Beyond Brunch — How Farm to Table Businesses Protect Your Community’s Food Systems

Creative Startups
Creative Startups
Published in
8 min readFeb 24, 2021


Santa Fe’s Squash Blossom founder details how creative food distribution can simultaneously innovate and protect local farm traditions and food systems, even during a global crisis

A farmer holds basil leaves
Credit: Squash Blossom

With the rise of the local food movement, many of us are eager to eat at our communities’ farm to table restaurants, but we usually don’t think about the “to” in that description. We take for granted the complicated logistical process of relocating the food coming out of the field to a grocery store shelf or restaurant menu so it can eventually arrive at its final destination: your plate. The distinct and equally important aspects of healthy agriculture and eating — the growing and harvesting, transporting and packaging, and finally prepping and plating — remain a mystery for most of us.

Breakdowns in localized food distribution infrastructure and processes have dire consequences for communities. Injustices that cause hunger have grown in complexity over the last decades: climate change, corporate control of land and seeds, racism that leads to disproportionate access to both farming and food, necessary pandemic lockdowns and limitations. All of these point to the urgent need to support our farms, distributors, and food retailers who are on the ground directly feeding our communities.

Food leaders nation-wide have been hard at work to find solutions. Seattle adopted a Food Action Plan in 2013 that included farm to table initiatives meant to increase access to opportunities to both grow food and eat healthy, especially within the city’s schools (much like Farm to Table New Mexico who is working to provide such programs regionally). Activist organizations like Food First have been fighting for decades to increase awareness of and fight against the injustices rampant in our food system and more recently have been putting a spotlight on the essential nature of all food work during the pandemic, despite their non-essential status. The need for innovative food entrepreneurs, like the ones that Creative Startups supports, who find creative solutions to support their local food ecosystem is at an all time high.

The city of Santa Fe has stepped up its investment in the local food industry, including partnering with Creative Startups to develop the Santa Fe Food LABS pre-accelerator, an intensive program for food entrepreneurs looking to jumpstart or pivot their business. Rich Brown, the city’s Director of Community and Economic Development, stated that “through the 2020 LABS graduate cohort, we’ve seen more than a $300,000 rise in revenue to the city, which turns into tax dollars and new jobs.” Mayor Alan Webber similarly affirmed the importance of accelerator programs, expressing that creative entrepreneurs “are nimble, agile, and resilient, and are what Santa Fe is all about.” In the Food LABS accelerator, Creative Startups’ mentors and faculty, like Nina Yozell-Epstein of Squash Blossom, share their expertise, ensuring that the next crop of entrepreneurs is successful and that the movement grows.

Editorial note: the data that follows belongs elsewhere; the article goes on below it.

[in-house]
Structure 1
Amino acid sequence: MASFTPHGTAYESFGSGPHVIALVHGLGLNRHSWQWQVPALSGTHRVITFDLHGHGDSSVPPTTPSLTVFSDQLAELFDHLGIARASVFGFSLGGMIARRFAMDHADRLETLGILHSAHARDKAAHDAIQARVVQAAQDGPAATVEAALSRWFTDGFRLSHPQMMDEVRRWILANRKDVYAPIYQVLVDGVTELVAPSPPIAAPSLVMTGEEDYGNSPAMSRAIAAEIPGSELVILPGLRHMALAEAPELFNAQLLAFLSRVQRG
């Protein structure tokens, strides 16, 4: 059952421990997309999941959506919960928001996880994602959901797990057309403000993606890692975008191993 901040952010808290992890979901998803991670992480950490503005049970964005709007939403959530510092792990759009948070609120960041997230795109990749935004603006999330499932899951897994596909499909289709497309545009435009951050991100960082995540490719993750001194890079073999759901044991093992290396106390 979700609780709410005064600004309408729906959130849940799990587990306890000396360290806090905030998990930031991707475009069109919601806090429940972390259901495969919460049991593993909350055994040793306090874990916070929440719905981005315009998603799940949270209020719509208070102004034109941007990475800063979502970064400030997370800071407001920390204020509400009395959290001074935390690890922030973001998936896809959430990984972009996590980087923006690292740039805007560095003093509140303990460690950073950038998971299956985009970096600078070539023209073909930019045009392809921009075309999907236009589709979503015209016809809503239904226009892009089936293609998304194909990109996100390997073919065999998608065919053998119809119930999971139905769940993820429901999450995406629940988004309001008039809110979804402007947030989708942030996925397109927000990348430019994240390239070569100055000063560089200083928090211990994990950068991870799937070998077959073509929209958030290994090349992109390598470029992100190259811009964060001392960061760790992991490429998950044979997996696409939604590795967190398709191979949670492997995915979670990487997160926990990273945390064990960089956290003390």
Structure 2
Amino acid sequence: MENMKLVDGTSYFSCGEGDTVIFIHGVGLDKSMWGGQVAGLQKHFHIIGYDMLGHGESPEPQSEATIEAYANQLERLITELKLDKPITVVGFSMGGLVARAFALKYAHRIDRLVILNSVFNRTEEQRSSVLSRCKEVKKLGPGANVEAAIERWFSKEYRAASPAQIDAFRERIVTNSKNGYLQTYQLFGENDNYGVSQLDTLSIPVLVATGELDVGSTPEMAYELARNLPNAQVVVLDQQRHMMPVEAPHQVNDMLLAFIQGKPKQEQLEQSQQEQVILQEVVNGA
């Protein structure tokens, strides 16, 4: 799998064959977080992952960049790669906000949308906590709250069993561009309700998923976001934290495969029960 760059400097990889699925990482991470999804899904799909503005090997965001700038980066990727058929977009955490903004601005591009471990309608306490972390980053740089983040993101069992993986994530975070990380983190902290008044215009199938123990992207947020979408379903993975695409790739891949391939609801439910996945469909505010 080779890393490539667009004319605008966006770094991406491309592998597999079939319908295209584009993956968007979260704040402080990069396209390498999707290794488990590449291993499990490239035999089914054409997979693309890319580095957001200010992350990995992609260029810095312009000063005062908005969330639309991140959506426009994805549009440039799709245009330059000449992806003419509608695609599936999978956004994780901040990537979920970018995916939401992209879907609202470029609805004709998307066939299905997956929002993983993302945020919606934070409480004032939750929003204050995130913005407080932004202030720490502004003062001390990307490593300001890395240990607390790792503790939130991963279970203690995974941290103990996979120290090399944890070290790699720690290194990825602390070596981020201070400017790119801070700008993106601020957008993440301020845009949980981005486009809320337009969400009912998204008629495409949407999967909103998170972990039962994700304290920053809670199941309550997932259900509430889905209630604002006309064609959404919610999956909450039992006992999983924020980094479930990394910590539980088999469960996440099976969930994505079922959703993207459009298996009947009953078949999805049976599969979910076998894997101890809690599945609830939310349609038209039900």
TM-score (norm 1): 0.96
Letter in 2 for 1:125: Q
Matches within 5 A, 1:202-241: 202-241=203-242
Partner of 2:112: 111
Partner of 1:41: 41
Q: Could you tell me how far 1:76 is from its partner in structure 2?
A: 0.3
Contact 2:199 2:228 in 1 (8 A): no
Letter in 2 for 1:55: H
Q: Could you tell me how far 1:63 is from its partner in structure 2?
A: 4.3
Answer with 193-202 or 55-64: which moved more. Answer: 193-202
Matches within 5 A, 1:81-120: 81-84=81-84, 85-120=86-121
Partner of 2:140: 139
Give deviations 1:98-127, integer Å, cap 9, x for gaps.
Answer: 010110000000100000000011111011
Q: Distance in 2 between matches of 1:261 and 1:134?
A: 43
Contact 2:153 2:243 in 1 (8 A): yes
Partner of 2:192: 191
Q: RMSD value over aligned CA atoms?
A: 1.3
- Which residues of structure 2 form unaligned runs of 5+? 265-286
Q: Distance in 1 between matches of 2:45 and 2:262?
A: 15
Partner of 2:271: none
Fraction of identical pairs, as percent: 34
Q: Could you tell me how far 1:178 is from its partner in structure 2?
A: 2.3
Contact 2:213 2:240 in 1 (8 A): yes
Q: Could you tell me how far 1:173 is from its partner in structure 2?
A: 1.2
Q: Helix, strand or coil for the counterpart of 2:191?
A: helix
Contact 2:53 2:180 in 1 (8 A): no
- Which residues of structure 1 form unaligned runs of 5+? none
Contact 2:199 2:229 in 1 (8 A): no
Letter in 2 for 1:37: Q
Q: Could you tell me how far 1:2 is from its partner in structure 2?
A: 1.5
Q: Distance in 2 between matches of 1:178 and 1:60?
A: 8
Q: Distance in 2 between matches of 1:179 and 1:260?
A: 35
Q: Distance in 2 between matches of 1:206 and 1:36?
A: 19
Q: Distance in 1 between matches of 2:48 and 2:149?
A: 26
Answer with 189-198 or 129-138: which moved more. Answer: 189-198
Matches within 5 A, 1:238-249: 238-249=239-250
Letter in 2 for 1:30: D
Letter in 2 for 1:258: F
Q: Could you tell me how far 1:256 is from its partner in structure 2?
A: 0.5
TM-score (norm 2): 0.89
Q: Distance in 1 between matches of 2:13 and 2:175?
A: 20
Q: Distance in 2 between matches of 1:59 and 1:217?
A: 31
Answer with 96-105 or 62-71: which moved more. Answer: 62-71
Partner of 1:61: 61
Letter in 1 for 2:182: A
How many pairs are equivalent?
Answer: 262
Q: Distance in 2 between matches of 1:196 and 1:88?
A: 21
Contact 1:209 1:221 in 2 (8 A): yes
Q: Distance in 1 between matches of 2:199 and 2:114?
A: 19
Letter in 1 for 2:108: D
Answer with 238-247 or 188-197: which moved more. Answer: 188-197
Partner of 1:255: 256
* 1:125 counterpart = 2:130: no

A farmer holds squash blossoms while standing amongst their crops
Credit: Squash Blossom

When Nina started Squash Blossom in Santa Fe, she aimed to ease some of the challenges plaguing her community’s food system and bridge the gap between local farms, restaurants, and consumers.

“The main question driving Squash Blossom’s mission was ‘how do we get more local food into the marketplace?’ We are driven by the goal of providing a reliable income stream for farmers, bringing healthier food to our community, and strengthening our local economy,” says Nina.

Squash Blossom is a social-enterprise company that works with over 25 local farms to distribute their crops to restaurants and consumers. The process is deceptively simple: once a week, Nina communicates with farmers to determine what produce is ready for harvest. She then lists these on the Squash Blossom website, which local chefs can use to order the ingredients they need for their menus wholesale. She also curates a weekly Blossom Bag, a CSA-type subscription service that allows Santa Feans to purchase fresh produce directly from the source. Through Squash Blossom, farmers are able to harvest produce to order and eliminate waste.

“It’s a lot of moving parts, a lot of communication and logistics. Most of the farms I work with are very diversified. They have many different crops, so it takes coordination,” says Nina. “Farmers face a lot of challenges. It’s everything from late frosts to surprise hail storms to droughts, fires, or pests. Farmers work harder than anyone. They’re always busy and always challenged, so by doing this piece of marketing, sales, and distribution, we can take a lot off of their backs so they spend more time in the fields.”


When Covid hit, the farm to table process changed for everyone. The need for local produce increased drastically as grocery store supply-chains were disrupted. Customers pushed empty carts down empty aisles and began to really worry about where they were going to access their basic needs. Small-scale farms suddenly saw a boom in demand, while, at the same time, their restaurant orders dwindled and their access to public markets was limited. Like all successful entrepreneurs, Nina knew that Squash Blossom had to quickly evolve.